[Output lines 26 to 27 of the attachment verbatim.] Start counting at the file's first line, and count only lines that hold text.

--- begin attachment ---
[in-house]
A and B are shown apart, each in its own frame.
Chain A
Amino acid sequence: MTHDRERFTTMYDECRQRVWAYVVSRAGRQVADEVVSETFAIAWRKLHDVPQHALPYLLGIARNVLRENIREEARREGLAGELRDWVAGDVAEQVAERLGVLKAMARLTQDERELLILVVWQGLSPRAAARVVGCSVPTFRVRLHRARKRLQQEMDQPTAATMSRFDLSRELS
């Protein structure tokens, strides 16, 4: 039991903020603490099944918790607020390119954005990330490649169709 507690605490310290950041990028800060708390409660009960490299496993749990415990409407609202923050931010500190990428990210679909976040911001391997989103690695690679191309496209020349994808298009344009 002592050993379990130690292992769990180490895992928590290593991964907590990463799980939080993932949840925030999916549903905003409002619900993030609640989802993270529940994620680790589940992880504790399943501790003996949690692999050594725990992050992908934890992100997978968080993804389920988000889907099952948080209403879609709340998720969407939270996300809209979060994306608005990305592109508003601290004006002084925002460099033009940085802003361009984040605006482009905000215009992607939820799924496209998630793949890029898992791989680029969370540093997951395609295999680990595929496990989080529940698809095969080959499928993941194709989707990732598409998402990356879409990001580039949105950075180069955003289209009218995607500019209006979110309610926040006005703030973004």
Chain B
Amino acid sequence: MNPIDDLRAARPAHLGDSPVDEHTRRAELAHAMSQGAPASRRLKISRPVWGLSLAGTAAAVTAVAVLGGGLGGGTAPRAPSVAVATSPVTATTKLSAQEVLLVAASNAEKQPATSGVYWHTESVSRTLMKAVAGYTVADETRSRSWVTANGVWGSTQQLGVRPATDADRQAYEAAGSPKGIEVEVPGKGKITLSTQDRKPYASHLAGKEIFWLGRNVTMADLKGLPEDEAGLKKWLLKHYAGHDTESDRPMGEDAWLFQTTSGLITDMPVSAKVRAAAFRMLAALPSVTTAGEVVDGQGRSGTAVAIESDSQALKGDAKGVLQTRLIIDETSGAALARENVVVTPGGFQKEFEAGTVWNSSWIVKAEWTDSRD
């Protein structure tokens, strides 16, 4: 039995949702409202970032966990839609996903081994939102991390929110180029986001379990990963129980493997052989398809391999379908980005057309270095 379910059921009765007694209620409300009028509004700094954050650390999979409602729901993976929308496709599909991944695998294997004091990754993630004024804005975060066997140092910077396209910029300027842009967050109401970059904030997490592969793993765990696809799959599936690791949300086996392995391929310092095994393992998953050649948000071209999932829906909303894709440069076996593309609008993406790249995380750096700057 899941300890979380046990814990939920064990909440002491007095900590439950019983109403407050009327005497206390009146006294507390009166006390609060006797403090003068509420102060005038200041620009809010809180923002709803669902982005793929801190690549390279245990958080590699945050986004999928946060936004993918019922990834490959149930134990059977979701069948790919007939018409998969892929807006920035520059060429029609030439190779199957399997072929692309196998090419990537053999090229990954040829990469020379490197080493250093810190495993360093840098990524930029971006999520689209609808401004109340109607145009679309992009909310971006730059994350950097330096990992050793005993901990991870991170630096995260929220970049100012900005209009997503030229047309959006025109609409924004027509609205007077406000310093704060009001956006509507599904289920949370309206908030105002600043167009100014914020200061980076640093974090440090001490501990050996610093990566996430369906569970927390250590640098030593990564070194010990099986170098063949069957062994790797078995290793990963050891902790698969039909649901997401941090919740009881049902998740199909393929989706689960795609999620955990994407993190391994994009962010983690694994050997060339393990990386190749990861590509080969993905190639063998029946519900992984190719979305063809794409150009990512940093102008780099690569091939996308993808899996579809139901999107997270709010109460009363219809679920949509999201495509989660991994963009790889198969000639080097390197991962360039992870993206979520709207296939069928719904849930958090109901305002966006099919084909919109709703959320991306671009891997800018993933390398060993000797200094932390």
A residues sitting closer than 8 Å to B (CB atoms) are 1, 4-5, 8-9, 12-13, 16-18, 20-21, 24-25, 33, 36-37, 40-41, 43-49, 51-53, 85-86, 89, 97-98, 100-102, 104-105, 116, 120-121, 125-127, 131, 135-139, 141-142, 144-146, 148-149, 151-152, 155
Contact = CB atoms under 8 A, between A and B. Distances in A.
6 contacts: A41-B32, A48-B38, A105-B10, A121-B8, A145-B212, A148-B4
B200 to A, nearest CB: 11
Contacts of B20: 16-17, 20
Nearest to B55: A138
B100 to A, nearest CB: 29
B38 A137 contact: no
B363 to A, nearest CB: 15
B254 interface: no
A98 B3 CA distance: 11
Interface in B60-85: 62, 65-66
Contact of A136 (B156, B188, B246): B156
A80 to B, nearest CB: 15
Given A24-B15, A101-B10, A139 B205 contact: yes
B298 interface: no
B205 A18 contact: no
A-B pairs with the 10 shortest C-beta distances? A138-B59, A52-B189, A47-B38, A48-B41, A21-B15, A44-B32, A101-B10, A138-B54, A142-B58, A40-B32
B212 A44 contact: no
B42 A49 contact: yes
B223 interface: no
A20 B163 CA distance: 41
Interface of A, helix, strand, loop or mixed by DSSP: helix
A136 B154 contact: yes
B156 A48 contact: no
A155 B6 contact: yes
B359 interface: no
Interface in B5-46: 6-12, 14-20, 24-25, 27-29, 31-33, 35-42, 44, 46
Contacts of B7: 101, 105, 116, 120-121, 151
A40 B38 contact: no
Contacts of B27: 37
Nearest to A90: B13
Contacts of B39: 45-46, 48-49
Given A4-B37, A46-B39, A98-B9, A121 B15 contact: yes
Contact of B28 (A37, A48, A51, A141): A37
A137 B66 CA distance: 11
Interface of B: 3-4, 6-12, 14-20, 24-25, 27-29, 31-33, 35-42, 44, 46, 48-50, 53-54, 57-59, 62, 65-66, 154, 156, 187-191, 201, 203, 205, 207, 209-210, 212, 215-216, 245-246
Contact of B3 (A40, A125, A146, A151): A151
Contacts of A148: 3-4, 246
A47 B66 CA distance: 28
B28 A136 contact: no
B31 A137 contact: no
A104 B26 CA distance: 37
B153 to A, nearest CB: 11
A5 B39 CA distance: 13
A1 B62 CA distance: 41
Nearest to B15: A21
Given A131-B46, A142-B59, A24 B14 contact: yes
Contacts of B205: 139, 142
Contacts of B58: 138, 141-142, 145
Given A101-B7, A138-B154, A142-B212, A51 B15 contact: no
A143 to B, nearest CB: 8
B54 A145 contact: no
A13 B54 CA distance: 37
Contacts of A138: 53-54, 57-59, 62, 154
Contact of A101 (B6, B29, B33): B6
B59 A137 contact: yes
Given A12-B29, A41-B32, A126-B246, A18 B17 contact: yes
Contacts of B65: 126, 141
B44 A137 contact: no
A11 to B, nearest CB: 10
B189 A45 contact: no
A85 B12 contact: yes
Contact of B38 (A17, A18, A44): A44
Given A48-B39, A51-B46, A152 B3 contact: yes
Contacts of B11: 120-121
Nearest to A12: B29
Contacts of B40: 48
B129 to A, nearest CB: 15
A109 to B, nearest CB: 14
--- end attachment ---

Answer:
A-B pairs with the 10 shortest C-beta distances? A138-B59, A52-B189, A47-B38, A48-B41, A21-B15, A44-B32, A101-B10, A138-B54, A142-B58, A40-B32
B212 A44 contact: no